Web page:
Inspire Employees and Engage Customers When Your Vision Statement Becomes Inspirational, and Intrinsic to your Marketing Plan
Small business vision statements run the gamut from the boringly generic to the unattainable specific – and everything in between. Get it wrong and run the risk of being pointless and producing passionless patrons; but get it right, and you can inspire your employees and engage customers as never before.
Not to be confused with mission statements (which usually speak in practical terms about who your business serves and what purpose it serves) and taglines (customer promises or short, quippy one-liners that convey unique selling propositions and which, like other seasonal or cyclical marketing copy, change fairly frequently) your small business vision statement should speak to how fulfillment of your mission and delivery of your tagline (or customer promises) will change your business, industry and world – for the better.
“Above all be of single aim; have a legitimate and useful purpose,
and devote yourself unreservedly to it.”
— James Allen, British writer
When you set out to craft a vision statement to engage customers and inspire employees, understand that it may not be easy and you may have to hone your vision statement over several sessions until it is perfect. But it’s worth it!
Business Strategy: The Best Vision Statements Inspire and Engage
A vision statement should inspire employees by telling them what the business will be like for employees when it’s ‘all grown up.’ It must also do double duty and engage customers by making them feel as though they are part of something bigger good, as a result of doing business with you.
There is no set formula for writing an inspirational, engaging vision statement, but there are plenty of examples of organizations that got it right (and others that got it wrong):
“To bring inspiration and innovation to every athlete* in the world.”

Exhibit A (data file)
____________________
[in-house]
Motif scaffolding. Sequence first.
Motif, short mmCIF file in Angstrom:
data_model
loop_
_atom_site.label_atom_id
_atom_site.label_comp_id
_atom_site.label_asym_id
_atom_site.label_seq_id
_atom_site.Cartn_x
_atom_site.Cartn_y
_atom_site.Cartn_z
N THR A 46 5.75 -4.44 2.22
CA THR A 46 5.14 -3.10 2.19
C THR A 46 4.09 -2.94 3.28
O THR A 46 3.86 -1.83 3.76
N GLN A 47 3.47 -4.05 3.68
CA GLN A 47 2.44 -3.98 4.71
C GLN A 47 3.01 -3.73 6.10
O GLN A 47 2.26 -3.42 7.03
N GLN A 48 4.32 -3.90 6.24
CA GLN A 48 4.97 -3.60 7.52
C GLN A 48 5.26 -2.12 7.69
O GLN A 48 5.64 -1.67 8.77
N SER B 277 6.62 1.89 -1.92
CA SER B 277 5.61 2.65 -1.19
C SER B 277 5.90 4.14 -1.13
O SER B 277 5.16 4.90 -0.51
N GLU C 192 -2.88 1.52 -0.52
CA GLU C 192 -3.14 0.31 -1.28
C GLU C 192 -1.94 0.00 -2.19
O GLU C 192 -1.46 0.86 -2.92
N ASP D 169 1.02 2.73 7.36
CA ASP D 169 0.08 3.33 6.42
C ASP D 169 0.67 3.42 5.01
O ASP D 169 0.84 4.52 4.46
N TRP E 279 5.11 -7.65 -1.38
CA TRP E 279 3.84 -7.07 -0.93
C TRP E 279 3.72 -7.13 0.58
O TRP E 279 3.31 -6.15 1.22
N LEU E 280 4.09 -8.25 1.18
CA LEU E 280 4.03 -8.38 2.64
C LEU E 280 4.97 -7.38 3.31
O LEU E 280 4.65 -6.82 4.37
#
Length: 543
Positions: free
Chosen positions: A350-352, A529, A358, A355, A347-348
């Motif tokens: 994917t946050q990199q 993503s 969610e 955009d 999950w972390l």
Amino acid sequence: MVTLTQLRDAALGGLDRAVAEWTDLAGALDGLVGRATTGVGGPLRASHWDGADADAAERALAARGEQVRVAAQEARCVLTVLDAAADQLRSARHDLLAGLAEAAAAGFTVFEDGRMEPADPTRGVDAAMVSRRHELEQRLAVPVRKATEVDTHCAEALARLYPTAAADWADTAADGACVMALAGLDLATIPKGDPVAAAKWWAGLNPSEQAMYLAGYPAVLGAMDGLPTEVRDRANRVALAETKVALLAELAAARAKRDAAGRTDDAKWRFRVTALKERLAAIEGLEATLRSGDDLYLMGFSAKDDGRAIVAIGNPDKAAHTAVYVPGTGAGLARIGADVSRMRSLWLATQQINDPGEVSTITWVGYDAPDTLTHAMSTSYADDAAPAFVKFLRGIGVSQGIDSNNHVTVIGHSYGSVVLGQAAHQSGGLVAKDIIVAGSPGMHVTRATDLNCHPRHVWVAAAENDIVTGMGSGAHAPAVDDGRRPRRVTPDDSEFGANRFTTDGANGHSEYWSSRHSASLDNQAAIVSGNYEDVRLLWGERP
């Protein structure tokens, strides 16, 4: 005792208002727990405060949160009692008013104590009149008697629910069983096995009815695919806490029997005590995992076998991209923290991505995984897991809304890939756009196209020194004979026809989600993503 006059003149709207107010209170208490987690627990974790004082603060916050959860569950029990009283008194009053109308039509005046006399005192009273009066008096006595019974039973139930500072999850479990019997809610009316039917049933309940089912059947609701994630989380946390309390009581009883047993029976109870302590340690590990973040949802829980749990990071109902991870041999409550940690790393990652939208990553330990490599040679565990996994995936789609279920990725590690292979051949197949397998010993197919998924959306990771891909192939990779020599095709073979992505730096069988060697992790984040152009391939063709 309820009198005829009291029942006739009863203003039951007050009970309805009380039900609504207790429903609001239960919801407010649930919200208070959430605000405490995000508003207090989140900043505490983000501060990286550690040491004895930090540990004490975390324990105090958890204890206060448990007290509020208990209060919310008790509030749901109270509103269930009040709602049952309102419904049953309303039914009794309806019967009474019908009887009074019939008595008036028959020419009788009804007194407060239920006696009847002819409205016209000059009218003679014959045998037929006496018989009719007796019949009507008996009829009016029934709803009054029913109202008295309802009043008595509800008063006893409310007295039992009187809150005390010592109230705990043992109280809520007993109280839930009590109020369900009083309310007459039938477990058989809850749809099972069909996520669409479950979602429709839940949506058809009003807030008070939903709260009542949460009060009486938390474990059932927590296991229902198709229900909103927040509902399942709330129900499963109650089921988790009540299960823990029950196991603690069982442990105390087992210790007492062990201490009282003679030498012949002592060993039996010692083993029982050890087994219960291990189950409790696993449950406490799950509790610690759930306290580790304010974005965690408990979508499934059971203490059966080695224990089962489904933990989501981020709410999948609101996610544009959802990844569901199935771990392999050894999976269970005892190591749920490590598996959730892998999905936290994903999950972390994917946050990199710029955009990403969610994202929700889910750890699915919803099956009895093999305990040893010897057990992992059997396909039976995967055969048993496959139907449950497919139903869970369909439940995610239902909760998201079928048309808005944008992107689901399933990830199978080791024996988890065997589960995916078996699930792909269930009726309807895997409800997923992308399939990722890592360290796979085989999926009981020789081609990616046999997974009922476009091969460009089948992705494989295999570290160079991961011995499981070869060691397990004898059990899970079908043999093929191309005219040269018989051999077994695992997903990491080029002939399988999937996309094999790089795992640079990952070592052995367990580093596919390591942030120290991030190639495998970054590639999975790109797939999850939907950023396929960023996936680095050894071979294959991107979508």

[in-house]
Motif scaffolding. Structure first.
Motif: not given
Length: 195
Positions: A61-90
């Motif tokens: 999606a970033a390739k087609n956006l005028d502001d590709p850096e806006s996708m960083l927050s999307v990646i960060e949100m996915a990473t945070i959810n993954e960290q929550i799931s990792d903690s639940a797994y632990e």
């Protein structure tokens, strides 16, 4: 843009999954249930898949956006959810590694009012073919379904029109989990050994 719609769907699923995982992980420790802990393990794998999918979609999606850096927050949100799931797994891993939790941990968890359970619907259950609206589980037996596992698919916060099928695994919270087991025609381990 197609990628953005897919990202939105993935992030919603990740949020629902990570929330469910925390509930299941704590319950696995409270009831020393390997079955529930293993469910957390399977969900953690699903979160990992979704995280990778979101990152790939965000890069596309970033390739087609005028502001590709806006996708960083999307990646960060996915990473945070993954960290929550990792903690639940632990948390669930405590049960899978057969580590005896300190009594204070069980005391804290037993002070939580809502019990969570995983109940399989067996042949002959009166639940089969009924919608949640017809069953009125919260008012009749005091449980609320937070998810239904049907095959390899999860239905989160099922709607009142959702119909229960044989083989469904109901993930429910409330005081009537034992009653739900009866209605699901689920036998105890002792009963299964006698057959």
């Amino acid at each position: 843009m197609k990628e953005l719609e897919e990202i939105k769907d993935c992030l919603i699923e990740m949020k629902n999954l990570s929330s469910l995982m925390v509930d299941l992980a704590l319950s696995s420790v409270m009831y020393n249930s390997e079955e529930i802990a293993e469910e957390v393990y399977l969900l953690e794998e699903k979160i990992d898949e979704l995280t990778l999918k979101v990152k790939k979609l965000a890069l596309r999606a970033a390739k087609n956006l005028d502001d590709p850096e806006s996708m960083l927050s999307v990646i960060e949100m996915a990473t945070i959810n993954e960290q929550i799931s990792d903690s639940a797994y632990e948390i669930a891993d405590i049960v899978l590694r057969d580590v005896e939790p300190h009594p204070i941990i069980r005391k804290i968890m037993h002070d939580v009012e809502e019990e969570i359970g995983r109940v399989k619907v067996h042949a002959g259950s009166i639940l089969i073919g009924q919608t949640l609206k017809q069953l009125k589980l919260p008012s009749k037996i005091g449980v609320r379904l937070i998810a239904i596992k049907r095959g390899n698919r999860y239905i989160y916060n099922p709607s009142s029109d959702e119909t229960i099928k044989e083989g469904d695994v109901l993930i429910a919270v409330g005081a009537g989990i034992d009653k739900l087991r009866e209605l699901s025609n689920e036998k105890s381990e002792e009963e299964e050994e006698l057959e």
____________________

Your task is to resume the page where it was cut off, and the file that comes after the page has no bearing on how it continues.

*If you have a body, you are an athlete.
And another Nike gem from 1960: “Crush Adidas.”
“Our vision is to be earth’s most customer centric company; to build a place where people can come to find and discover anything they might want to buy online.”
“Through all of our products, services and relationships, we will add to life’s enjoyment. Enrich and entertain a global audience. And deliver superior returns to our shareholders.”
Toys ‘R’ Us:
“Our Vision is to put joy in kids’ hearts and a smile on parents’ faces.”
US President John F. Kennedy on the moon landing project, in 1961:
“To land a man on the moon and return him safely to earth before the end of the decade.”
Can you see how the organizations that have engaging, inspirational and compelling vision statements simply hone in on the single most important benefit produced as a result of their goods and services?
“If you can articulate a vision that makes people passionate,
there are so many amazing things you can do.”
— Dr. Sophie Vandebroek, Xerox Corporation
On the other hand, here are a few less-than-inspiring vision statements that can help you know how not to write your vision statement:
An International Computer Selling Giant:
“To be the most successful computer company in the world at delivering the best customer experience in markets we serve.” (Well, DUH!)
A PR / Marketing Firm:
“We recalibrate brands to broaden awareness, reframe global positions and re-connect with core customers. Our business is to help you form relationships and effectively engage.” (Sure it is…)
A Newspaper Advertising Department Vision Statement:
“Getting it right the first time… More often.” (If that doesn’t inspire reader confidence, I don’t know what will!)
And two more uninspiring snoozers: “We maximize our customers’ ability to get their work done,” and “Develop, deploy, and manage a diverse set of scalable and strategic knowledge management tools to serve our customers, improving the possibility of overall satisfaction among our diverse customer profiles.”
Many vision statements fail to touch on unique selling propositions (also called unique value propositions) and other selling points that matter to their customers and differentiate their businesses from those of their competitors. Many fail by trying to be too eloquent, at the expense of simplicity of vision.
To inspire employees and engage customers, your vision statement must be clear and concise. It should hit on your big hairy audacious idea – your unique selling proposition or points of differentiation. It should give employees and customers compelling reasons to want to be associated with the brand of your business – and its vision for the future.
My 2015 Small Business Marketing Calendar is available on amazon.com — absolutely packed with marketing inspiration and a working calendar that you can use to attract – engage – retain and motivate your customers in the coming year.